By way of example, a first state machine 102 1 receives an initial packet (or an instruction) 109 and performs proper activities in a corresponding state. The changed state is detected by the connected state machine monitor 104 1 and is recorded in the trace buffer 106 1. The first state machine 102 1 generates a processed packet 111 a and a processed packet 111 b and sends them to other state machines 102 2-102 n. Similarly, appropriate operations take place at other state machines 102 2-102 n, and changes in state of the state machines 102 2-102 n are detected by the corresponding state machine monitors 104 2-104 n and recorded in the trace buffers 106 2-106 n.

FIG. 3 is a block diagram of a state machine monitor 104. The state machine monitor's 104 function is to trace and log the state of a corresponding state machine 102. The state machine monitor 104 includes a capture port 112, a trace port 114, an optional trigger tag port 116, a clock port 118, an internal trace buffer 120, and a trace buffer port 122. The state machine monitor 104 traces the signals on the trace port 114 whenever it detects a change in any of the signals connected to the capture port 112. The tracing preferably happens on the rising or falling edge of a clock signal.

The state of the capture port 112 signals are preferably sampled at each rising edge of the clock signal and compared against the state of the signals in the previous clock signal. If the current signal on the capture port 112 is different from the previous one, then the states of the trace port signals are logged in the internal trace buffer 120.

Any change in the capture port 112 signals causes the capture of the state of the trace port 114 signals in the state machine monitor's internal trace buffer 120. The trace port 114 signals can be any signal that is important to the user of the state machine monitor 104. For example, the trace port 114 signals can be information about the packet that the state machine 102 is processing.

The internal trace buffer 120 logs the captured information from the trace port 114. Each entry in the internal trace buffer 120 corresponds to the state of the trace port 114 signals when a change occurred on any of the capture port 112 signals. The internal trace buffer 120 may be circular. Therefore, a pointer for the internal trace buffer 120 rolls over to the beginning of the buffer when the buffer becomes full. A trace buffer port 122 is used to retrieve a trace log from the internal trace buffer 120. The contents of the internal trace buffer 120 are output to an external trace buffer 106 (not shown in FIG. 3) via the trace buffer port 122.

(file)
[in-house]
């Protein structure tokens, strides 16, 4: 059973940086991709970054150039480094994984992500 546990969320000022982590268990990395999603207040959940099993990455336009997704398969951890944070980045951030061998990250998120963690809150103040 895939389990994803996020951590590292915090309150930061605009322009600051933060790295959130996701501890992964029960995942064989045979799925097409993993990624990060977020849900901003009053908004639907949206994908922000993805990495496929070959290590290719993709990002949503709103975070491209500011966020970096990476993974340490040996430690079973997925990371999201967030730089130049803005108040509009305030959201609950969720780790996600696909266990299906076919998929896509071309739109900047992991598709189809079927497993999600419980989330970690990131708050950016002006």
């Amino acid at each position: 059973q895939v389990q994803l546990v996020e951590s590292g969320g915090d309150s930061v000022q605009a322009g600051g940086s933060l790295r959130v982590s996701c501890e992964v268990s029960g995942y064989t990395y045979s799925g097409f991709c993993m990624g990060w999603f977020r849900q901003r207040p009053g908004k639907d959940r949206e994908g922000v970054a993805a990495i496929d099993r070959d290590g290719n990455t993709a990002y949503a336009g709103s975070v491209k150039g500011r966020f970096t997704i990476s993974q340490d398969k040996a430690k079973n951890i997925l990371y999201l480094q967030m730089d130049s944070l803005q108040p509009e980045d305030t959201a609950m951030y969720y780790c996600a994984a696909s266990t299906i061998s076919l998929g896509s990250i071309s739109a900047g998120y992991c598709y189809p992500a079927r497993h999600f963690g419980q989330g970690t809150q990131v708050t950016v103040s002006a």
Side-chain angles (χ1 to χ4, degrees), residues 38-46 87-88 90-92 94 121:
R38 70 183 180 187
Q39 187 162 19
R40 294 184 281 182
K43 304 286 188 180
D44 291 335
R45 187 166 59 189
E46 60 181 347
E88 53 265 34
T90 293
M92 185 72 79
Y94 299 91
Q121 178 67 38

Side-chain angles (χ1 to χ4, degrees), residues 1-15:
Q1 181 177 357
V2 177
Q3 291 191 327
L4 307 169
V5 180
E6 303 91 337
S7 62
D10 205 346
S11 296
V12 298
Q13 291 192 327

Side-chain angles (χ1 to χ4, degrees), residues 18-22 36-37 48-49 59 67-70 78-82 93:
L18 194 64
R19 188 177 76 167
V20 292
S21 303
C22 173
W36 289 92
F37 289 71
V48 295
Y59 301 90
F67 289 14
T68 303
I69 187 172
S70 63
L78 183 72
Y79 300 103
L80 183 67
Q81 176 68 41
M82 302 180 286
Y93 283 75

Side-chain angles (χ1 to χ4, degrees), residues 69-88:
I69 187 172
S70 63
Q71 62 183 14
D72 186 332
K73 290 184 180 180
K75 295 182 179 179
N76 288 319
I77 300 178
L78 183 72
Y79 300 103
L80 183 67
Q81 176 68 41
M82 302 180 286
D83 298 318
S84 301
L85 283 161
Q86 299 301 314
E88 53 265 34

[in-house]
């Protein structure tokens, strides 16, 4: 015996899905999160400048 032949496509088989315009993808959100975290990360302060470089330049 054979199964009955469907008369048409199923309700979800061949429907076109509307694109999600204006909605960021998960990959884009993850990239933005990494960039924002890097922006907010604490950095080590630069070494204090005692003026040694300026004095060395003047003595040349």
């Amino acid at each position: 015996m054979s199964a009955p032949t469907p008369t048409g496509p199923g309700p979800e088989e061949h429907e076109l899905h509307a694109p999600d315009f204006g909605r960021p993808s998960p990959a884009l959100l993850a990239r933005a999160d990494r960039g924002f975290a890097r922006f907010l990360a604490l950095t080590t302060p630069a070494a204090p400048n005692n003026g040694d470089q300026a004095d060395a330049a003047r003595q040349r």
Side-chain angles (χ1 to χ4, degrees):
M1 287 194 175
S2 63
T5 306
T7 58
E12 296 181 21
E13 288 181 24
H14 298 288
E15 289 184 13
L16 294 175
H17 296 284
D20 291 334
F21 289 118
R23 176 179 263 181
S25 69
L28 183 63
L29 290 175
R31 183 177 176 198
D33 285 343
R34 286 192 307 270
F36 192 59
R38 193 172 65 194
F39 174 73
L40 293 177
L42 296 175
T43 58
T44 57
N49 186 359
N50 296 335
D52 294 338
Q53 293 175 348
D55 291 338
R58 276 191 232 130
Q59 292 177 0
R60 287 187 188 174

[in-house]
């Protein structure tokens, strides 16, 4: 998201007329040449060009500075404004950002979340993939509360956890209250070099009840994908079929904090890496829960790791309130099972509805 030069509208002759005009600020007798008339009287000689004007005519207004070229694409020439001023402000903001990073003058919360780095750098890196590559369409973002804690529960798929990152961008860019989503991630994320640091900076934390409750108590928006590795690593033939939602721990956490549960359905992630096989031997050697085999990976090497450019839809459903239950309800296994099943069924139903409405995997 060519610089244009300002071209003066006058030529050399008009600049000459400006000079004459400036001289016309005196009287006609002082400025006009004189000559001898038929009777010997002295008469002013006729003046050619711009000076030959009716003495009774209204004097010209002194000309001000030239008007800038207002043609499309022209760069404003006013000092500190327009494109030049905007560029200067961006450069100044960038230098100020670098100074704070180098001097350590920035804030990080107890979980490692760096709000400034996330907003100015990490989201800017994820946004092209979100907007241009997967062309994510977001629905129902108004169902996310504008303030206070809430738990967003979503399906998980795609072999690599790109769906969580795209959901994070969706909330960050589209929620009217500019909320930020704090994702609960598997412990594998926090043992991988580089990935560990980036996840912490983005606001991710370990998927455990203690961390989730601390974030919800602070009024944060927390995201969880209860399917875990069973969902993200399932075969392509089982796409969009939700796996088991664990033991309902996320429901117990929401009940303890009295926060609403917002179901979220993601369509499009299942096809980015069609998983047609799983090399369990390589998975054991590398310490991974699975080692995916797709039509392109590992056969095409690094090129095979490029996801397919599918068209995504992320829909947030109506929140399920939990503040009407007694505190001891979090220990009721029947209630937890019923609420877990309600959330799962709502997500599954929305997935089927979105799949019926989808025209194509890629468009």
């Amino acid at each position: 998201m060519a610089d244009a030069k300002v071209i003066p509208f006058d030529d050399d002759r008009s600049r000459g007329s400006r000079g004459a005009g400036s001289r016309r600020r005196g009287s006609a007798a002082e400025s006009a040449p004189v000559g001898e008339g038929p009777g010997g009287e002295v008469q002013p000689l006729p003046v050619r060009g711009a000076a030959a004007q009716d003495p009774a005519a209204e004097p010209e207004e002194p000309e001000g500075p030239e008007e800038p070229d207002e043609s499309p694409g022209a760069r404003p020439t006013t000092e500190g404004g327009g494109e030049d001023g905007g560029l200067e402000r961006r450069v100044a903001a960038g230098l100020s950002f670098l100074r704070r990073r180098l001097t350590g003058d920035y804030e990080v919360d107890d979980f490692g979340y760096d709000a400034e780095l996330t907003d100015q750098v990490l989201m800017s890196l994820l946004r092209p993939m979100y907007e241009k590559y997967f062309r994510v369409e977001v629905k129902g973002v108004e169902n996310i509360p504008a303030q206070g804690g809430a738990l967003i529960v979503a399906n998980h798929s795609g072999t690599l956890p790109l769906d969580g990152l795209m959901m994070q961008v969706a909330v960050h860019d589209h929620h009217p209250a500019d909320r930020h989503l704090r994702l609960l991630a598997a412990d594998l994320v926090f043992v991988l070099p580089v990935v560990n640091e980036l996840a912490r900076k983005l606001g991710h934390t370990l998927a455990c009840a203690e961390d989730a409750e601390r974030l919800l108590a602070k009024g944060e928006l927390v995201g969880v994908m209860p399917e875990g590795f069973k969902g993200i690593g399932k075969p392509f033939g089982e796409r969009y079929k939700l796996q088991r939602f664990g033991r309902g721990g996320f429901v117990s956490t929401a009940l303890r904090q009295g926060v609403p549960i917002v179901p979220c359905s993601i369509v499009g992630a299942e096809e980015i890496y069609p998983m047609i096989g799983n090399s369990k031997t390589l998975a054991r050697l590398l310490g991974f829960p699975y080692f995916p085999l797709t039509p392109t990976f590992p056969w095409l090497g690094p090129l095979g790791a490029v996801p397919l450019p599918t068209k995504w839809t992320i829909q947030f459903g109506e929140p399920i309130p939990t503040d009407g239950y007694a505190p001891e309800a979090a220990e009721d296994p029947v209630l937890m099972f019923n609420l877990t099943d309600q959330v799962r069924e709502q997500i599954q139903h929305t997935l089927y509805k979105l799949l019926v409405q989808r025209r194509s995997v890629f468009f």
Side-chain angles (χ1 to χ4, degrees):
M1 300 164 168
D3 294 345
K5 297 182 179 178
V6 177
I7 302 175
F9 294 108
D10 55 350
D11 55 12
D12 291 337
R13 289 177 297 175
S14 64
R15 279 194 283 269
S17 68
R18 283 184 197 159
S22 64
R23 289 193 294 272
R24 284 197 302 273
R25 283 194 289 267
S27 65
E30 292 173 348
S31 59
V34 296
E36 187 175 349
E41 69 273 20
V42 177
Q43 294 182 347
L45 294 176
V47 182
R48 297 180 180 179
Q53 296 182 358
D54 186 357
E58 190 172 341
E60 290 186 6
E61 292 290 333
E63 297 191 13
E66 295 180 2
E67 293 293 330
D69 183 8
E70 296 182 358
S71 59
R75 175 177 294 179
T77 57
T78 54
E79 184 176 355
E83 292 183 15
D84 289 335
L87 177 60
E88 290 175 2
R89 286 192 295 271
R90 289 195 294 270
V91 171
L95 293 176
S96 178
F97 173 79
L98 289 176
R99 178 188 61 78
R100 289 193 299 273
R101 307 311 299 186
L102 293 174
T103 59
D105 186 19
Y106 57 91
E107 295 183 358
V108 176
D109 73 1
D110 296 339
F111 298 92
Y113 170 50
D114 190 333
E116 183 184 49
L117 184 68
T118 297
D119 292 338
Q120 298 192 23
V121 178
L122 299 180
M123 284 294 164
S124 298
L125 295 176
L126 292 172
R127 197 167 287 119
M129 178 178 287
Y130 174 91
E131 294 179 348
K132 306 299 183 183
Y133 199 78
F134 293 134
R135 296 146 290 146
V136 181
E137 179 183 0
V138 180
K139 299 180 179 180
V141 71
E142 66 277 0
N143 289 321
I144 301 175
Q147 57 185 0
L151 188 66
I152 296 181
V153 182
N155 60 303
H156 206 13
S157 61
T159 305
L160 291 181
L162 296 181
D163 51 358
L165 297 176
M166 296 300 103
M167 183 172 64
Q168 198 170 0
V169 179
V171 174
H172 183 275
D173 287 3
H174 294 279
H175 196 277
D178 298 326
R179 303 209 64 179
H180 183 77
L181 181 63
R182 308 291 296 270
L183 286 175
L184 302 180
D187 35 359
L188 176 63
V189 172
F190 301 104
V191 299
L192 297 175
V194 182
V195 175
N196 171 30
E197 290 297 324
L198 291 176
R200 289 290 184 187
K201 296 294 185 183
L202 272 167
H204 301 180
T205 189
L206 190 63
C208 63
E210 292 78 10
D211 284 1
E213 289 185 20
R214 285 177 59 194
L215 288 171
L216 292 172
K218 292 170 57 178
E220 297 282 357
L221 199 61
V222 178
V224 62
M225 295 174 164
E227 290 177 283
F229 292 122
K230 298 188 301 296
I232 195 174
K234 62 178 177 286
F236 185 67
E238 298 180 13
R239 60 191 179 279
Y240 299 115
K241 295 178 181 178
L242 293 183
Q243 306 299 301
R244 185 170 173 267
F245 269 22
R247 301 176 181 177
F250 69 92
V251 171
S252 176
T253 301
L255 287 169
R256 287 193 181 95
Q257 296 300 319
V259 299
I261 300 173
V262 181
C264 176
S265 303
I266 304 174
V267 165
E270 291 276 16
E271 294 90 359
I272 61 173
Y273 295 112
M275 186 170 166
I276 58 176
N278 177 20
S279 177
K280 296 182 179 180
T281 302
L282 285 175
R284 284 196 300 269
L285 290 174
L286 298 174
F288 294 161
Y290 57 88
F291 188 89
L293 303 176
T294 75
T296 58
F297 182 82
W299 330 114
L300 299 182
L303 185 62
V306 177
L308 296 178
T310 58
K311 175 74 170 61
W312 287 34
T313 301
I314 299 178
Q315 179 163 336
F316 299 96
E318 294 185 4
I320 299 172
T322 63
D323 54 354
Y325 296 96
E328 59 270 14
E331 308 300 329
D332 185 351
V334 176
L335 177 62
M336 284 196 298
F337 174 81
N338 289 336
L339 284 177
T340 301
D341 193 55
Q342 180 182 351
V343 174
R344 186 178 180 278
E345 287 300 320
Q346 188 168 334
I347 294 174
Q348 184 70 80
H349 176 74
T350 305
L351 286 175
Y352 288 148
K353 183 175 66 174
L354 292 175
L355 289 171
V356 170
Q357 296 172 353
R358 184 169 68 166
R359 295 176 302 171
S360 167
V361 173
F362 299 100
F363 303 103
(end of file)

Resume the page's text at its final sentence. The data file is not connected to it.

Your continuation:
The optional trigger tag port 116 stops the state machine monitor's tracing function. The state machine monitor 104 stops tracing when the trigger tag signal is asserted on the trigger tag port 116, which will be explained in detail hereinafter.

FIG. 4 is a block diagram of a state machine 102 and a state machine monitor 104 wherein an interaction between the state machine 102 and the state machine monitor 104 is shown. The state machine 102 includes an input port 132, a clock port 134, a state machine state output port 136, and an output port 138. A received packet or instruction (i.e. input event signals) enters the input port 132. The state machine 102 processes the received packet or performs proper activities in accordance with the instruction(s), and outputs processed packets via the output port 138. The state of the state machine 102 is preferably represented by state machine flip-flops (not shown) in the state machine 102 and is signaled through the state machine state output port 136.

As mentioned above, input event signals enter the input port 132 of the state machine 102. The input event signals may also enter the trace port 114 of the state machine monitor 104. The signal indicating the state of the state machine 102 enters the capture port 112 of the state machine monitor 104, and may also enter the trace port 114 of the state machine monitor 104. Further, the output port 138 of the state machine 102 may also be connected to the trace port 114 of the state machine monitor 104.

Any state changes in state machine 102 causes the input signals to the trace port 114 of the state machine monitor 104 (i.e., input event signals, output signals, and the state signals) to get captured in the internal trace buffer 120 of the state machine monitor 104. The input event signals may include packets that the state machine 102 processes, along with a sequence ID assigned to each packet by a snooper 108 (as will be explained later). Therefore, the state machine monitor 104 traces and logs any state transition by the state machine 102. The state machine monitor 104 discontinues tracing the states of the state machine 102 when the state machine monitor 104 detects a trigger tag bit set on the trigger tag port 116.